Mar 15, 2020

Our Investment in nplex

In 2003, it cost $2.7B to sequence the human genome. Thanks to next-generation sequencing technologies, the cost has dropped dramatically since, falling below $100 as of February 2020. Our newfound ability to efficiently “read” DNA has powered many of the recent advances we have witnessed in biotechnology, diagnostics, and medicine.

Alex Iskold

However, DNA is only the blueprint - proteins are the definitive actors in biology.

In most cases, DNA can only indicate the potential for disease. Meanwhile, proteins can indicate when disease occurs, how it progresses, and whether treatments are effective.

Unsurprisingly, protein tests are entrenched in healthcare, with 40% of clinical tests relying on protein measurements to diagnose, monitor and treat disease. Protein measurements are also heavily used in pharmaceutical R&D, for example to screen for new drugs, predict drug toxicity, and recruit for clinical trials, among other applications.

Despite their importance, currently available protein measurement tools are limited by some severe trade-offs. If DNA sequencing has taught us anything, it’s that we need technologies capable of generating heaps of relevant biological data cost-efficiently, which then enables us to look at population-wide information. Unfortunately, current protein measurement technologies have not been able to achieve this.

While there are thousands of important proteins circulating in the blood, today we can only measure proteins one-at-a-time at a population-wide level. Imagine what could be achieved in drug discovery, diagnostics, and basic life science research if we could measure proteins as cheaply and effectively as DNA.

Enter nplex, a company working to make the simultaneous analysis of all proteins as scalable as it is for DNA.

nplex is scaling the gold standard technology from measuring one protein-at-a-time (aka single-plex), to massively parallel measurements of many proteins (n-plex), with no theoretical bound.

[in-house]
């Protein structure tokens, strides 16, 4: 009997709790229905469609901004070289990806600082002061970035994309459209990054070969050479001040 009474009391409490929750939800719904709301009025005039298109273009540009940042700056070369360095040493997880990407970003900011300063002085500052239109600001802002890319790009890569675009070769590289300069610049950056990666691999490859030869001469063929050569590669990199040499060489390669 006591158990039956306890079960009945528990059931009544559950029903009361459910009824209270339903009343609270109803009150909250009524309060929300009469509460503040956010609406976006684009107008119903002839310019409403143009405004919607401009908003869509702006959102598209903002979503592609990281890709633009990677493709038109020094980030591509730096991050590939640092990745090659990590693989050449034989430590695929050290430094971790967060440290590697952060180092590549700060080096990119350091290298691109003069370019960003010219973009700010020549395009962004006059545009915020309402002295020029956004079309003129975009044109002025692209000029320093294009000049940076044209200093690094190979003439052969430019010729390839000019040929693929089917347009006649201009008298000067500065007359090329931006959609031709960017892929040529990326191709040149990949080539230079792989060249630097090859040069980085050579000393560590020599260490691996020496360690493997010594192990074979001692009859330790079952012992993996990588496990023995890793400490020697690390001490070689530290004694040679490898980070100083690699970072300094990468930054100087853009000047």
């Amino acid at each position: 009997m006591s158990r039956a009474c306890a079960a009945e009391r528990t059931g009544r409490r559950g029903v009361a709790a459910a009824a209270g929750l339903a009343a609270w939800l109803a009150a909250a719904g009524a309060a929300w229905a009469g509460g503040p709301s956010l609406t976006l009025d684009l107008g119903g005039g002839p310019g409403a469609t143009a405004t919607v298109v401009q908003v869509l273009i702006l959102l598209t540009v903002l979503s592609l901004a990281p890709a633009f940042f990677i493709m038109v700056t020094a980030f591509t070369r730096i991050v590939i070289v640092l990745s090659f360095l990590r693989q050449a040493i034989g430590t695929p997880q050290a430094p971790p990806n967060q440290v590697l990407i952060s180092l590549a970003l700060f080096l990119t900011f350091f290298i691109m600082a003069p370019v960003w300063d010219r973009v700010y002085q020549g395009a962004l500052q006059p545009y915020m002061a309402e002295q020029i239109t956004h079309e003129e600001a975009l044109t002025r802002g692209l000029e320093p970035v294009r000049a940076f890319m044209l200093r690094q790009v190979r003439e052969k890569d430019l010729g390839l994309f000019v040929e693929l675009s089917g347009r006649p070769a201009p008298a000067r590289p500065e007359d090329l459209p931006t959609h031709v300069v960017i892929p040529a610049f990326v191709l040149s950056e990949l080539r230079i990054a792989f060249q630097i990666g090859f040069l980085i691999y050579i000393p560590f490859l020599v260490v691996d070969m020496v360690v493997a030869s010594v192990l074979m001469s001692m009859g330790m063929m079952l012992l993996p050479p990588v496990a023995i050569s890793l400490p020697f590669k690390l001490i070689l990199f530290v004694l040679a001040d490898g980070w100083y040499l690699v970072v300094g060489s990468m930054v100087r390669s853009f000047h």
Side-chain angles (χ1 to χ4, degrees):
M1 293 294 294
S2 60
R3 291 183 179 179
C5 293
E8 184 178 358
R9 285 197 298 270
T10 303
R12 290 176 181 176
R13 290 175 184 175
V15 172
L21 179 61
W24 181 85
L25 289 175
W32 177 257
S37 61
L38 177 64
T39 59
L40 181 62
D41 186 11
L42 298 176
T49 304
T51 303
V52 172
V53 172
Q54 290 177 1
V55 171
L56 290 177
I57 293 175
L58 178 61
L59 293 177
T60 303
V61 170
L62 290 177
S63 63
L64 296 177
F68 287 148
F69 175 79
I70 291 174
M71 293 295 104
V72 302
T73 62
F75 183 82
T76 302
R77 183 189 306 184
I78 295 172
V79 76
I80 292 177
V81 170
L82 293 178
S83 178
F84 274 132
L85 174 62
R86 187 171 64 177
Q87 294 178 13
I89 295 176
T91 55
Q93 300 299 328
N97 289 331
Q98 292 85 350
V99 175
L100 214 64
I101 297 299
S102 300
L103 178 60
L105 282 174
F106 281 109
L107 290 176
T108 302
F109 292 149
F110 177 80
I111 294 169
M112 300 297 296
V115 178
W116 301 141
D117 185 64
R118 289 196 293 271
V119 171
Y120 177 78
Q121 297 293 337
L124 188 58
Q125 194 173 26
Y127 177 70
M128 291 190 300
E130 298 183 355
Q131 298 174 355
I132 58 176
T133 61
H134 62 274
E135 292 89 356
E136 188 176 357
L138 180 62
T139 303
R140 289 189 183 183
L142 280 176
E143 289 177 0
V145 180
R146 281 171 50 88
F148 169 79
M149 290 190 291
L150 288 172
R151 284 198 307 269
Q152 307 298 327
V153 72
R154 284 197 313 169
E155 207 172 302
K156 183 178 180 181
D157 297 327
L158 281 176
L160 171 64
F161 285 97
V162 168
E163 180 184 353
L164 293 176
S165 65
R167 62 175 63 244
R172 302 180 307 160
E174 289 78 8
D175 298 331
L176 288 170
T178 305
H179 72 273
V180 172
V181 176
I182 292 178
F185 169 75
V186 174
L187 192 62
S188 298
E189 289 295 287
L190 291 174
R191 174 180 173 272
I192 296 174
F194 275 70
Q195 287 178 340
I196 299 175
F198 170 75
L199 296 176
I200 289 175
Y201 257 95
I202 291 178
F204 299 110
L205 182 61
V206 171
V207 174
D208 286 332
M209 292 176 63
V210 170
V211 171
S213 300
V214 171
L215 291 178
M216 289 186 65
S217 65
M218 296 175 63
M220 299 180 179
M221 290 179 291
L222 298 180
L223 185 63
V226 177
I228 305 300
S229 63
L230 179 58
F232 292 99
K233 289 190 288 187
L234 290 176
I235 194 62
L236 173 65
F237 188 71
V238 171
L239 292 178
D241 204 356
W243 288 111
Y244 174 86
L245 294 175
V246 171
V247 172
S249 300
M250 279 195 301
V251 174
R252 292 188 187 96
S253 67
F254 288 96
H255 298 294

Their technology also checks all the boxes for broad adoption: scalable, affordable, and accurate. Thanks to this, nplex’s technology is already in early beta use with a top 10 pharmaceutical company who is evaluating the deployment within several stages of their drug discovery programs.

nplex spun-out from McGill University in Montreal and is the brain-child of David Juncker, Professor of Biological and Biomedical Engineering, and Dr. Milad Dagher, nplex’s CEO. Together, they developed nanotechnology and computational tools that overcome the technical and economic barriers that have so far prevented the scaling of protein measurements.

The resulting platform that nplex has developed is a deceptively simple detection kit, complemented by software, that can plug seamlessly into modern high-throughput biology workflows. The flexibility of the platform makes it directly applicable to drug discovery, diagnostics,  or basic research… essentially any area in biology and medicine where scientists are looking to leverage protein data.

Like any breakthrough, nplex's vision will take hard work and funding to accomplish. To this end, 2048 ventures is humbled by the chance to work with Milad, David, and the rest of the nplex team and to have led their pre-seed round. We are also excited to be joined by our partners First Star, Real Ventures, Box One Ventures, and Y-combinator.

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